Partnership seeks support for communities disproportionately impacted by COVID-19
Gabriel Sanchez and Shannon Sanchez-Youngman at The University of New Mexico are helping lead a national effort to understand effective COVID-19 vaccine messaging and hesitancy factors.
The massive American COVID-19 Vaccine Poll is a partnership between the African American Research Collaborative (AARC), The Commonwealth Fund, The National Association of Latino Elected Officials (NALEO), and other national organizations. The Robert Wood Johnson Foundation supported an expansion of the poll in the Native American community and the W.K. Kellogg Foundation supported expansion in New Mexico through the UNM Center for Social Policy (CSP).
The poll surveyed about 13,000 people nationwide and included representation across genders and racial and ethnic communities. Using data from the U.S. Census to curate sample sizes representative of minority and underrepresented populations, researchers gathered answers from African Americans, Latinos, Asian Americans, Whites, Pacific Islanders, Native Americans and rural Americans. The sample included more than 2,000 surveys from New Mexicans representing views of Latino/Hispanics, Native Americans, immigrants and African Americans.
“This survey has the largest sample sizes of diverse communities in the United States and more depth in content than any other data that has been collected to date on vaccination hesitancy and messaging,” said Sanchez, lead UNM researcher on the project and executive director of the CSP. “The sheer size of the number of people we polled gave us more comprehensive understanding of Americans’ hesitancy towards getting the vaccine, and how we can overcome those concerns to encourage more people to get vaccinated.”
At this time, the Mayo Clinic reports about 45 percent of Americans are fully vaccinated against COVID-19 – about half of the percentage needed in order for the U.S. to reach herd immunity. More than six months after the first vaccine dose was administered in the United States, the American COVID-19 Vaccine Poll reveals which sub-groups have yet to pursue a shot (or second shot), why they haven’t taken that step, and what messaging methods work best to encourage them to do so. It took an in-depth look at these questions among many others:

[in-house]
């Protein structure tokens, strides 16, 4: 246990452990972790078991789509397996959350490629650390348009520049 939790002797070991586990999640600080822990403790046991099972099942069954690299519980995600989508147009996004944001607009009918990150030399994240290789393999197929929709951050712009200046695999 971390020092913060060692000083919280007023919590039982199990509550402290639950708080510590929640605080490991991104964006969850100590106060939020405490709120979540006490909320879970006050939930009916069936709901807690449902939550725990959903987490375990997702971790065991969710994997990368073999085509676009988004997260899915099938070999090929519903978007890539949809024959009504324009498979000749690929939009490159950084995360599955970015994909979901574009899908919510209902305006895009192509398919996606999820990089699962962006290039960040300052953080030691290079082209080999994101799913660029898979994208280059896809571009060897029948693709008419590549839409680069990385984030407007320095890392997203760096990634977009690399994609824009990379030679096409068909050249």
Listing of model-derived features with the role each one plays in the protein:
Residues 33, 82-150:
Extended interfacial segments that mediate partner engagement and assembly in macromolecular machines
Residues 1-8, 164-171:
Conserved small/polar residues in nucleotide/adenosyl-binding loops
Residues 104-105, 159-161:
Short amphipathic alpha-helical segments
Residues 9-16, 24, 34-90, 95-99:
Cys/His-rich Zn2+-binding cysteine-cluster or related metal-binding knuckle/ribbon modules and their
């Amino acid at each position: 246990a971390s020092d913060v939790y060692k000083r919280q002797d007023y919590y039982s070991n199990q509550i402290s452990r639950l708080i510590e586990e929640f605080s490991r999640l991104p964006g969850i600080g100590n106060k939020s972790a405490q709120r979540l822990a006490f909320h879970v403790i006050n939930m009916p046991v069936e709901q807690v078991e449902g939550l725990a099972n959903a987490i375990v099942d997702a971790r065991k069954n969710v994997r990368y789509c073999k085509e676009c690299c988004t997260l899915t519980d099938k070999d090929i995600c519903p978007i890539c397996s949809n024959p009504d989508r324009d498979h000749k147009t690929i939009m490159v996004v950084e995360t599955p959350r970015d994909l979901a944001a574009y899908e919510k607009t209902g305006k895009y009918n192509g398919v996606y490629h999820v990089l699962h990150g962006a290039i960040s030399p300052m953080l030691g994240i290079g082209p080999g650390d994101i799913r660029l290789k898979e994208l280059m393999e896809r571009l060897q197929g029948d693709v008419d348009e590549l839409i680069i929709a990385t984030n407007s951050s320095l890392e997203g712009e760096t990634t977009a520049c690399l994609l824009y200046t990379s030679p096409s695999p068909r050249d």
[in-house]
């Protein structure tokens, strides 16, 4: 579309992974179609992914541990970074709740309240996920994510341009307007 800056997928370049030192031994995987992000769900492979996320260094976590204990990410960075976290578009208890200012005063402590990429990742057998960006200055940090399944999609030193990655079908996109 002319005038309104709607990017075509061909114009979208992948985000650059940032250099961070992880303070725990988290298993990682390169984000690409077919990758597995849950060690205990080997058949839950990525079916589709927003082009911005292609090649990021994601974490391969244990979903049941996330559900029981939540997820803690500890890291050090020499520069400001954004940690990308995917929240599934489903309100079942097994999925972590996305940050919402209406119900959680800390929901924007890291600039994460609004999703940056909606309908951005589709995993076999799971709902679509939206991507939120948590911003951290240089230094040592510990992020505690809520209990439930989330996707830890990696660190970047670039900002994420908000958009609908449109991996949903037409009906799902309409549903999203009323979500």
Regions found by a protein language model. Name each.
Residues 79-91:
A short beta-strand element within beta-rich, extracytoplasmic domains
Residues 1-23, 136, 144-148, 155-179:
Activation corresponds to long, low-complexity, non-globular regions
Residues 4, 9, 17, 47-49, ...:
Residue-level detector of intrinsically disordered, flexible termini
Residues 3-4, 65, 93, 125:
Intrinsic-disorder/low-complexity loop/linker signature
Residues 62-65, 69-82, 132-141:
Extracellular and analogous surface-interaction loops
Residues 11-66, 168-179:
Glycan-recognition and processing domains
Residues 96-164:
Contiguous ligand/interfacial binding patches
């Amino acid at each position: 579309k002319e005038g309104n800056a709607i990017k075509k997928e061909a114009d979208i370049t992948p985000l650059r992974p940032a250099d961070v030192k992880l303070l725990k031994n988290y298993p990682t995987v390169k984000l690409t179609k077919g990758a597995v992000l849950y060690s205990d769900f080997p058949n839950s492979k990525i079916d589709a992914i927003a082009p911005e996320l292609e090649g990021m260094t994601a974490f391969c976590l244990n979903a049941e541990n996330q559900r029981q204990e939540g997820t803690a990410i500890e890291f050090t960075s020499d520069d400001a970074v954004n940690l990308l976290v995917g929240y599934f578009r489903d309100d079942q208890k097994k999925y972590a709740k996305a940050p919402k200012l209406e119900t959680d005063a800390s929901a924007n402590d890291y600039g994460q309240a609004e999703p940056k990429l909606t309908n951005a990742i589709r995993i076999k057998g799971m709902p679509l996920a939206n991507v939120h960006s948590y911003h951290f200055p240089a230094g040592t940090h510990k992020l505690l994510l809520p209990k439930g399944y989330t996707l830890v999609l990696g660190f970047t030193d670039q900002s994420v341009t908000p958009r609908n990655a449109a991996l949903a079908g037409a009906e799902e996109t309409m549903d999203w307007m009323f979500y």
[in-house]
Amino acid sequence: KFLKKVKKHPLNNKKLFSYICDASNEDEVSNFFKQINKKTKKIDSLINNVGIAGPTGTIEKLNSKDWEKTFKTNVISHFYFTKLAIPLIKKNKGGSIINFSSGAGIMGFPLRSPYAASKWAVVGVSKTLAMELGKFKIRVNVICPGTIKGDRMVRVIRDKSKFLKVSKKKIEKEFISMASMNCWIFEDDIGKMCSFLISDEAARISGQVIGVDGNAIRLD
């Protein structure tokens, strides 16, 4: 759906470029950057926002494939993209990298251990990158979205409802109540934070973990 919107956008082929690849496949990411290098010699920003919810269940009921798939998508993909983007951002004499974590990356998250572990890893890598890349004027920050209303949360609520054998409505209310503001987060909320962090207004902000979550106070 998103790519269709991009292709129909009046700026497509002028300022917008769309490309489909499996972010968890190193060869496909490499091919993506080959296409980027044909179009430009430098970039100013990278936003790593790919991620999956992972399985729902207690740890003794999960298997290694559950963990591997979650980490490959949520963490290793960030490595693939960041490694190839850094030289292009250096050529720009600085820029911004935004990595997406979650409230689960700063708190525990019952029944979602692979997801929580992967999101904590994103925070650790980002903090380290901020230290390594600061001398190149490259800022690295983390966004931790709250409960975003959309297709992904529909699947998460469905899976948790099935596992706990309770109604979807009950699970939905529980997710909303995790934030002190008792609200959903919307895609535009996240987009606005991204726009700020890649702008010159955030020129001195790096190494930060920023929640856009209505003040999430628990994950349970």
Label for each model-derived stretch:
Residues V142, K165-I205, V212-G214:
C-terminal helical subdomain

- What are the primary drivers of vaccine hesitancy, particularly in rural regions and within communities of color? Are there differences based on race, nativity, language use and partisanship?
- What will it take to get non-vaccinated Americans to take a COVID-19 vaccine?
- How do parents feel about vaccinating their children against COVID-19?
- Should COVID-19 vaccines be mandatory for teachers and students in K-12 schools?
- Will Americans take booster vaccines or a combination Flu/COVID-19 vaccine annually?
“With about 60 percent of our state (ages 16+) now fully vaccinated, we’re looking at how to connect with those groups who have yet to make an appointment. Our goal is to be a research hub for vaccine outreach in New Mexico,” explained Sanchez-Youngman, assistant professor at the UNM College of Population Health. “Our team conducted research on the obstacles and solutions to vaccinating the communities in our state less confident in the vaccine; and we’re partnering with the NM Department of Health to overcome those challenges and hesitancies.”
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By Rachel Whitt / UCAM